CASPER — Evelyn Miles knows about Rosie the Riveter, and she thinks there might be some resemblance.
In spirit, at least.
During World War II, the federal government created Rosie as part of a campaign to lure more women into the work force at a time when many able-bodied men were serving in the armed forces.
Many women who were already working low-paying jobs switched to better money in war factories. Others entered the work force for the first time. So great was the need that even women with young children eventually went to work outside the home, even though few people — not even many of the women themselves — initially thought that was a good idea.
By war's end, 18 million women held jobs, forming about one-third of the national work force.
Certainly 2006 is not 1945, and the U.S. is not locked in a world war. Today, it's not surprising to find women in all manner of occupations.
But like Rosie in her era, Miles works a job considered to be nontraditional for women. She, and other women like her, could also help address another labor shortage, this one resulting from an oil and gas boom rather than a war, but with national security implications nonetheless.
Miles is employed as a welder at J.W. Williams in Casper, where she keeps busy working on natural gas production units.
She received her training through the CLIMB Wyoming program, an effort by the nonprofit Our Families Our Future group to train single mothers in such nontraditional jobs as construction, truck driving and welding so they can earn livable wages and make it on their own.
The U.S. Labor Department defines nontraditional occupations as those in which women comprise 25 percent or less of total employees.
CLIMB Wyoming proved to be a turning point for Miles, who has two children. She worked most of her life in low-paying fast-food restaurant jobs. Now, she receives $15.50 an hour, along with a nice benefits package, working in the J.W. Williams measurement department.
Households headed by women with children under 18 are three times more likely than similar households with a husband and wife present to be at or below the poverty line, according to U.S. Census data.
Miles, 40, said she has encountered little resistance from her male co-workers. "As a matter of fact, sometimes I end up teaching them things," she said.
Nor have the physical demands of the work been a particular problem. "That was easy. We use a lot of cranes, jack-stands and sawhorses, so we don't have to do a lot of lifting."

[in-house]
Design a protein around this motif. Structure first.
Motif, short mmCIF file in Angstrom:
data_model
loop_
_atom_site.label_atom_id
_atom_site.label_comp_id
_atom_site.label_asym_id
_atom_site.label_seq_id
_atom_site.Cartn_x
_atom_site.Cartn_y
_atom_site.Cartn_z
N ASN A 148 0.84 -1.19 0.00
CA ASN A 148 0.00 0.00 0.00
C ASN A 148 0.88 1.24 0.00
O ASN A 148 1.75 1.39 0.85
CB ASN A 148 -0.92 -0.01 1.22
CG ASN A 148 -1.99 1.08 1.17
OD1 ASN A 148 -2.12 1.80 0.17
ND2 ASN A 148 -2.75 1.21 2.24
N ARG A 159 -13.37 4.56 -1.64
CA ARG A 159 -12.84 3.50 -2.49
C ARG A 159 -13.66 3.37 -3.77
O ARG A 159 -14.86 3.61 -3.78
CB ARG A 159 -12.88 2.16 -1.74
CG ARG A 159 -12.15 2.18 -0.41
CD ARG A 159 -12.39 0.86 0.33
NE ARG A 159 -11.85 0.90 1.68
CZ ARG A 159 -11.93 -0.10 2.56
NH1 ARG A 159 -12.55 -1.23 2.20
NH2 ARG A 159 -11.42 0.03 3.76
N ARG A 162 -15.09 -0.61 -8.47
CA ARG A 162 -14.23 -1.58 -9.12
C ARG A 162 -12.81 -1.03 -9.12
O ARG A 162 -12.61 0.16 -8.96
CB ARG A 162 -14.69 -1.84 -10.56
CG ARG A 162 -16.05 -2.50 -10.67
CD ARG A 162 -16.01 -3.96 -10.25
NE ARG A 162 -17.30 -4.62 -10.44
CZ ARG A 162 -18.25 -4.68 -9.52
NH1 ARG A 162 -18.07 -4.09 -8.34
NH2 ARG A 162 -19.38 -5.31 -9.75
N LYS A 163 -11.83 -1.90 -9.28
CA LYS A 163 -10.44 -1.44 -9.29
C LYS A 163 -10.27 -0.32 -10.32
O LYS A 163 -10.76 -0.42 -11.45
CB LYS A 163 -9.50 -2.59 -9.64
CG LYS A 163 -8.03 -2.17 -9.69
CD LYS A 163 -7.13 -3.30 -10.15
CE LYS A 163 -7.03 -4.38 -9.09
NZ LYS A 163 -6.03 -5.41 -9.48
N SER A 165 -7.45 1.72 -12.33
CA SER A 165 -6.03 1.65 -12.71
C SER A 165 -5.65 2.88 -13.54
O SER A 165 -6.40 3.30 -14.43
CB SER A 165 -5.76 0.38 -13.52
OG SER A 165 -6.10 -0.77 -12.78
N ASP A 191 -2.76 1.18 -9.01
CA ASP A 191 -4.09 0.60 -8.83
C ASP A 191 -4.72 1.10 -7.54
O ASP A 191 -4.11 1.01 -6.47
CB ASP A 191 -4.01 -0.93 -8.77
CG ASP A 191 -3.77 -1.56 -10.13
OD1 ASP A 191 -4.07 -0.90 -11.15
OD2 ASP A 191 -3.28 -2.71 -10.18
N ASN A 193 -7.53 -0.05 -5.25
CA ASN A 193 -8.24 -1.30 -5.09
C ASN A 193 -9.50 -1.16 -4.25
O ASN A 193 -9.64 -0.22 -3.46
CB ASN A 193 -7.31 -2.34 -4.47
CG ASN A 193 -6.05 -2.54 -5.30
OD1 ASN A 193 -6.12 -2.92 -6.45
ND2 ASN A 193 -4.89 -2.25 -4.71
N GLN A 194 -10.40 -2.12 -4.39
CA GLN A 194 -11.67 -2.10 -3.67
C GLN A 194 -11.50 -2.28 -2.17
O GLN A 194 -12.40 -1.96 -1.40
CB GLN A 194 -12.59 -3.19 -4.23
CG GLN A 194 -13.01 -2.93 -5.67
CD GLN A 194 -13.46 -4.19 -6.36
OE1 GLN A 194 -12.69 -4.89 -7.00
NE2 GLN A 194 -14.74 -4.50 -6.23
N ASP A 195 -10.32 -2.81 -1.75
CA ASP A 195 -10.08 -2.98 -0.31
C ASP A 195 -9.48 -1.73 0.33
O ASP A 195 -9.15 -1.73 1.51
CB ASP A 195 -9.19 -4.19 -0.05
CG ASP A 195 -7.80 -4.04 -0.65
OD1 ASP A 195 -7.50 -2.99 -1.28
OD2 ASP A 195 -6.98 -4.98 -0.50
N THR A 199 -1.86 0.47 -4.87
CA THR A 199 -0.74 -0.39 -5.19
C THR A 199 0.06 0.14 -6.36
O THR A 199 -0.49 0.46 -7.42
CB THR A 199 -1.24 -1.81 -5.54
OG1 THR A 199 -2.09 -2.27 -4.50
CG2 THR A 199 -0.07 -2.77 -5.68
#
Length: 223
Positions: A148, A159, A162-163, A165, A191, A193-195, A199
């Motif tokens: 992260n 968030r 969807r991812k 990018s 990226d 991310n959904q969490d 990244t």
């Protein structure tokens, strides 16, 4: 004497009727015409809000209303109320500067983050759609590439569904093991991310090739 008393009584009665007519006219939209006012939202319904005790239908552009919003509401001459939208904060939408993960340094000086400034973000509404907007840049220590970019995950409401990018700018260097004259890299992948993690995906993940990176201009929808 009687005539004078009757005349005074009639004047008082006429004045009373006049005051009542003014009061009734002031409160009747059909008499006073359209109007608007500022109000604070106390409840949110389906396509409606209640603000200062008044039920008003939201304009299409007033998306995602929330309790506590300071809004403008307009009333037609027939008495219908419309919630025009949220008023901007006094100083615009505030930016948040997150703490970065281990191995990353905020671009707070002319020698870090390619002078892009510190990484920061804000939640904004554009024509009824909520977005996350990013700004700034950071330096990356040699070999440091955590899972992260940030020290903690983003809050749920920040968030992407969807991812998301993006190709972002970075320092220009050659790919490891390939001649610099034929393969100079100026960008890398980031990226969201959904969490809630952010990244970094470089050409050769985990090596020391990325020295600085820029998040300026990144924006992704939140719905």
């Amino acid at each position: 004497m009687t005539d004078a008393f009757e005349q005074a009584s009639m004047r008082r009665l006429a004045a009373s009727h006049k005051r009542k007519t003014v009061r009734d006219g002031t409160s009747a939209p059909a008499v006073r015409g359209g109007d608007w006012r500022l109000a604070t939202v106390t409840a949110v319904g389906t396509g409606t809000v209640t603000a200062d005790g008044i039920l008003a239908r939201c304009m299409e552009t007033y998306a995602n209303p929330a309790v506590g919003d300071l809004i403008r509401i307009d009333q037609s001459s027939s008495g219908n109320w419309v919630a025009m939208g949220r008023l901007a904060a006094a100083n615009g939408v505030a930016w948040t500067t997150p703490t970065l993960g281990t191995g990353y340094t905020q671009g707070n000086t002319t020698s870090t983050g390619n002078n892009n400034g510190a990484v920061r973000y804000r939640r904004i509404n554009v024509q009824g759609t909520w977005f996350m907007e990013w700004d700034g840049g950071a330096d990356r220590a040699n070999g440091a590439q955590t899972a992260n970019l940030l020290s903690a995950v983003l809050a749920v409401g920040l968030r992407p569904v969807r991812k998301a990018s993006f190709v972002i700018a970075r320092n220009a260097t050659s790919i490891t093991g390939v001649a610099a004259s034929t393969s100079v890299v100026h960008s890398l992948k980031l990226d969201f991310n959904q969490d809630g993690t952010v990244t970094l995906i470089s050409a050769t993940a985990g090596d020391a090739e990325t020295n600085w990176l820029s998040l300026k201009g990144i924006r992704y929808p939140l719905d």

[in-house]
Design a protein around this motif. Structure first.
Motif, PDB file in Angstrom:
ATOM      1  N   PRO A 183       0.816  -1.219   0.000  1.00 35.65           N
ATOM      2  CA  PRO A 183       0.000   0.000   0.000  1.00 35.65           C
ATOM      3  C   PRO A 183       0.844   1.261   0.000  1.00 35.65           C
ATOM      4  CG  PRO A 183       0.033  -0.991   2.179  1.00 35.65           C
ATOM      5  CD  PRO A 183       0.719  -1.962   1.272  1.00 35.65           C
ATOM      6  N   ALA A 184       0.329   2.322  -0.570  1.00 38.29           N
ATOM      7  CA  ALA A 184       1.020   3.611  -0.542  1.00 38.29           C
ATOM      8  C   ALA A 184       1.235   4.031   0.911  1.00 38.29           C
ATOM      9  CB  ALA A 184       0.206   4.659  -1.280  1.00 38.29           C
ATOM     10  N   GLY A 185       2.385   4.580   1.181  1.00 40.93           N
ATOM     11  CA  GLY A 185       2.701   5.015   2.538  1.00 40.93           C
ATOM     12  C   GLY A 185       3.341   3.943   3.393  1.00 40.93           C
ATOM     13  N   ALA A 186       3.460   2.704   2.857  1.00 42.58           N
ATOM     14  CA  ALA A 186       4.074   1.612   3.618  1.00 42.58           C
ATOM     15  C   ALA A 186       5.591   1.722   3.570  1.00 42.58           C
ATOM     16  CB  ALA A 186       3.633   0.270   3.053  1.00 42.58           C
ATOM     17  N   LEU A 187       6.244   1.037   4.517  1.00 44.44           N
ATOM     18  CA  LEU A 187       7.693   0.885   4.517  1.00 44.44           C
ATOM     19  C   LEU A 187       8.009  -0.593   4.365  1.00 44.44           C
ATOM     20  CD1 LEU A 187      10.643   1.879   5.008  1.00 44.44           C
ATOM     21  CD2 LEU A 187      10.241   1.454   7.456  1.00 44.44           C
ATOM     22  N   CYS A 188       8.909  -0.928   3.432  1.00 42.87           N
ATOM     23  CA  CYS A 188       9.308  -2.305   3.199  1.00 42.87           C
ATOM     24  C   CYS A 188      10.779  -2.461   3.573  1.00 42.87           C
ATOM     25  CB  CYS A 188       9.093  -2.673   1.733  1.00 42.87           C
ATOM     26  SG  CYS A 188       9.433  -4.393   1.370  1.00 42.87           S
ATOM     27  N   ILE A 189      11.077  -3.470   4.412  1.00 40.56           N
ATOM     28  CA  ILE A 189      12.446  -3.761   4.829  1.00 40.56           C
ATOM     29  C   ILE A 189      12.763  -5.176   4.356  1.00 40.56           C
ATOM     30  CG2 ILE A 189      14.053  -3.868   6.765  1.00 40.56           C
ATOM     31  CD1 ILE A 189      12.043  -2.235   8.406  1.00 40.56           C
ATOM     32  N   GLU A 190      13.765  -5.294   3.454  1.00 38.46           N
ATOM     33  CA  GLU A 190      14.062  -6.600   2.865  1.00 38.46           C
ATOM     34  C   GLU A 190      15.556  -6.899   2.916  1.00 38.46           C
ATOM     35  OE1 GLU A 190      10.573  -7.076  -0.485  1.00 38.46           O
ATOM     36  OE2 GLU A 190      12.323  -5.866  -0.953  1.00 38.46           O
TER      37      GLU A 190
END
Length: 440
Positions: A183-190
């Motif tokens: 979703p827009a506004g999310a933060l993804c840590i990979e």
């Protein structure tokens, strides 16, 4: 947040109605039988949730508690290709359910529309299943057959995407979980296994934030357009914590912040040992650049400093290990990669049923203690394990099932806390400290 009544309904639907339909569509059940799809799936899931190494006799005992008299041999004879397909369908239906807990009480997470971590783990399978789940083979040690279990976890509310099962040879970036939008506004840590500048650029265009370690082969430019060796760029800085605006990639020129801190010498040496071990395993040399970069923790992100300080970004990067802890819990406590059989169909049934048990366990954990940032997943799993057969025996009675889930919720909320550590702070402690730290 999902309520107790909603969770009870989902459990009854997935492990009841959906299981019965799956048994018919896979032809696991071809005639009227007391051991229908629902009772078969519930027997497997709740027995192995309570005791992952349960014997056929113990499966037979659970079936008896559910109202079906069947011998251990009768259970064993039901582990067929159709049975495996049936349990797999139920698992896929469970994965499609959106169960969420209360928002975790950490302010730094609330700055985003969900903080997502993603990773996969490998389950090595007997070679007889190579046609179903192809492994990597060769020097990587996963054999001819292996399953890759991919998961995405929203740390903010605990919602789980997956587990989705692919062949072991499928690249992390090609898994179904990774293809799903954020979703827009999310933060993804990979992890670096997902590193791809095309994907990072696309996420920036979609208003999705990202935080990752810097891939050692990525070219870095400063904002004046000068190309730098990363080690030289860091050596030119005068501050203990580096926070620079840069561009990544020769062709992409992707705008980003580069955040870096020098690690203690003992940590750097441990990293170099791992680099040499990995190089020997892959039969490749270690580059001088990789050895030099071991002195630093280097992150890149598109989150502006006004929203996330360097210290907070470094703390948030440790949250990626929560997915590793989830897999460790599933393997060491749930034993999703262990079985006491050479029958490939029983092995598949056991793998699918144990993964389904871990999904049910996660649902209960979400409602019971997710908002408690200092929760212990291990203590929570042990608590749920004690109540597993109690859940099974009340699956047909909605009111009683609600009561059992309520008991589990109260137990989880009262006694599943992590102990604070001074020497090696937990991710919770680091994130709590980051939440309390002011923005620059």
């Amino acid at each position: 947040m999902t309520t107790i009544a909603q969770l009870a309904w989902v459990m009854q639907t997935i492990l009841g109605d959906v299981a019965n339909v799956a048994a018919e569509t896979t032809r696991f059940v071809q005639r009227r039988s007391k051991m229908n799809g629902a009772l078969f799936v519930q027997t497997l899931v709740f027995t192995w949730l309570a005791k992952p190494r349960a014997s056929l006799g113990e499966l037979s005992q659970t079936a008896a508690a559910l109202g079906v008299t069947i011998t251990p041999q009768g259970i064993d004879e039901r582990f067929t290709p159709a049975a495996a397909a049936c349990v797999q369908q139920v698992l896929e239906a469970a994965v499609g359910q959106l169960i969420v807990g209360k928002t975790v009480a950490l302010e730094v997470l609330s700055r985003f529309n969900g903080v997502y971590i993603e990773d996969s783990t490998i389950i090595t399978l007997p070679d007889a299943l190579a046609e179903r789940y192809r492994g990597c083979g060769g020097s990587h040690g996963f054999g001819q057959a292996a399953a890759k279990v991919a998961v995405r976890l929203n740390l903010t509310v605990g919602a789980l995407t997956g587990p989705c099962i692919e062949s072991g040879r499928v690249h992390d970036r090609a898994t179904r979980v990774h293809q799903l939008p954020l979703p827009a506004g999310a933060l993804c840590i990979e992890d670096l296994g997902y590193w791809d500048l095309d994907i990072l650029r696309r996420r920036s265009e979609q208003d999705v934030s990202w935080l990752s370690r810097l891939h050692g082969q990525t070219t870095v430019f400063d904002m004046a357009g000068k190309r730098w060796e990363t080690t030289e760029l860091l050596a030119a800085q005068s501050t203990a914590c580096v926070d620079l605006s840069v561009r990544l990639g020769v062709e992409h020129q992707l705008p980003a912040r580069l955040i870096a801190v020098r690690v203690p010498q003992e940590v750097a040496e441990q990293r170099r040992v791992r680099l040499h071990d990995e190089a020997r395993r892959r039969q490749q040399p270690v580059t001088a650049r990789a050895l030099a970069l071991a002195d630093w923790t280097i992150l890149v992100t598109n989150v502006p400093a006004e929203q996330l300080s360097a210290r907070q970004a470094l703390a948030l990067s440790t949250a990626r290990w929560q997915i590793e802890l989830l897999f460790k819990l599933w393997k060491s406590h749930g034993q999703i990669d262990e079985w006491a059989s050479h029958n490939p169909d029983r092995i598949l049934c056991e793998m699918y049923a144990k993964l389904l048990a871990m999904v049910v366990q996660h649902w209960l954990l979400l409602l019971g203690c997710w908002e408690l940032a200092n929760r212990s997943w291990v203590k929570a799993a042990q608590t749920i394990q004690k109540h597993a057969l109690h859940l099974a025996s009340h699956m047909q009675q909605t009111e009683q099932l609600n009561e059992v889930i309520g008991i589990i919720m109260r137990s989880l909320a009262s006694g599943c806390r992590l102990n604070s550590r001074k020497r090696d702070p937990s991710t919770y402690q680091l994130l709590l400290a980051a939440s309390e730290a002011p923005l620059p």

Miles, who began her welding education at J.W. Williams on Jan. 3, 2005, said her biggest obstacle has not been related to work at all: It was finding child care for her 2-year-old.
"That's the toughest part, especially when you have to be at work by 6 in the morning. Finding a day care provider who's willing to get up at 5:30 in the morning, I think that was the hardest part about it."
Women should not be intimidated when it comes to seeking work in nontraditional fields, Miles said, "especially if they're single and they're trying to do it on their own."
Pat Goen, senior human resources generalist for Halliburton in Casper, says much has changed in oil and gas service work, including the necessity to perform power lifts to complete a task.
"Gender is not that big an issue now because for the most part our standard is that no one is supposed to lift more than 60 pounds," he said. "We consider anything above that a two-person lift."
Goen said for many years, few women applied for nontraditional energy related jobs, but interest seems to be growing. He said several women are driving trucks for Halliburton.
Goen points out that the industry also is graying, meaning even greater opportunities to advance into supervisory and managerial positions in the years ahead.
"It's not going to be long before people with a lot of experience are going to be looking to retire," he said.
Even so, natural resources and mining — the fastest-growing sector of the state's economy since October 2003 — continue to be heavily male.
In 2003, according to the Wyoming Department of Employment, women made up 10.6 percent of total employment in the sector, while men accounted for about 75 percent. The rest were classified as "unknown."
However, the number of women working in higher-paid and more physically demanding energy and mining occupations like rotary drill operators was undoubtedly less.
Average annual wages for women in the sector were $29,543, compared to $46,354 for men, suggesting that women typically occupied more "traditional" — and lower paying — roles in energy and mining, such as administrative positions and office support.
In 2002, the U.S. Department of Labor found that women made up 6.2 percent of the nation's derrick, rotary drill and service unit operators in oil, gas and mining operations; 7.1 percent of the welding, soldering and brazing workers; 2.4 of the electricians; 1.9 percent of the carpenters; and none of the roustabouts.